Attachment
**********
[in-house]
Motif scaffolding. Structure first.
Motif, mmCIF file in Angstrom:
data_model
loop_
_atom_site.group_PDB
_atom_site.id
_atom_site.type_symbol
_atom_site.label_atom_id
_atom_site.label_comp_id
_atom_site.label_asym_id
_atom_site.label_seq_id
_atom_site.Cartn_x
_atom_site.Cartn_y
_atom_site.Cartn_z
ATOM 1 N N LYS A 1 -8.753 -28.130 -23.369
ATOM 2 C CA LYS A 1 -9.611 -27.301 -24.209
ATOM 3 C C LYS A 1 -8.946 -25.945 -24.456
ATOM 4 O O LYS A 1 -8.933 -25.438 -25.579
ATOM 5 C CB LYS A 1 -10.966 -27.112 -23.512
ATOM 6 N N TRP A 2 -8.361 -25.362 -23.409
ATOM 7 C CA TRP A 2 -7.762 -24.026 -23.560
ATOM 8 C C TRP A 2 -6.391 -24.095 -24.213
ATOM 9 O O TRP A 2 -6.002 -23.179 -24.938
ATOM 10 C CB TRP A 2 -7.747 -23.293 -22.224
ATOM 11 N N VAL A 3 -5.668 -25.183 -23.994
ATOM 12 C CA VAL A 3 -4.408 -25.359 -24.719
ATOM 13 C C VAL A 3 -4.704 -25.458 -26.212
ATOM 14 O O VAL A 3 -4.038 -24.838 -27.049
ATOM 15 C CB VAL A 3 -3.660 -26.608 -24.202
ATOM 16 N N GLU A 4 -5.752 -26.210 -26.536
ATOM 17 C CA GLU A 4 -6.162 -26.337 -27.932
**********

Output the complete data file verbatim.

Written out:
[in-house]
Motif scaffolding. Structure first.
Motif, mmCIF file in Angstrom:
data_model
loop_
_atom_site.group_PDB
_atom_site.id
_atom_site.type_symbol
_atom_site.label_atom_id
_atom_site.label_comp_id
_atom_site.label_asym_id
_atom_site.label_seq_id
_atom_site.Cartn_x
_atom_site.Cartn_y
_atom_site.Cartn_z
ATOM 1 N N LYS A 1 -8.753 -28.130 -23.369
ATOM 2 C CA LYS A 1 -9.611 -27.301 -24.209
ATOM 3 C C LYS A 1 -8.946 -25.945 -24.456
ATOM 4 O O LYS A 1 -8.933 -25.438 -25.579
ATOM 5 C CB LYS A 1 -10.966 -27.112 -23.512
ATOM 6 N N TRP A 2 -8.361 -25.362 -23.409
ATOM 7 C CA TRP A 2 -7.762 -24.026 -23.560
ATOM 8 C C TRP A 2 -6.391 -24.095 -24.213
ATOM 9 O O TRP A 2 -6.002 -23.179 -24.938
ATOM 10 C CB TRP A 2 -7.747 -23.293 -22.224
ATOM 11 N N VAL A 3 -5.668 -25.183 -23.994
ATOM 12 C CA VAL A 3 -4.408 -25.359 -24.719
ATOM 13 C C VAL A 3 -4.704 -25.458 -26.212
ATOM 14 O O VAL A 3 -4.038 -24.838 -27.049
ATOM 15 C CB VAL A 3 -3.660 -26.608 -24.202
ATOM 16 N N GLU A 4 -5.752 -26.210 -26.536
ATOM 17 C CA GLU A 4 -6.162 -26.337 -27.932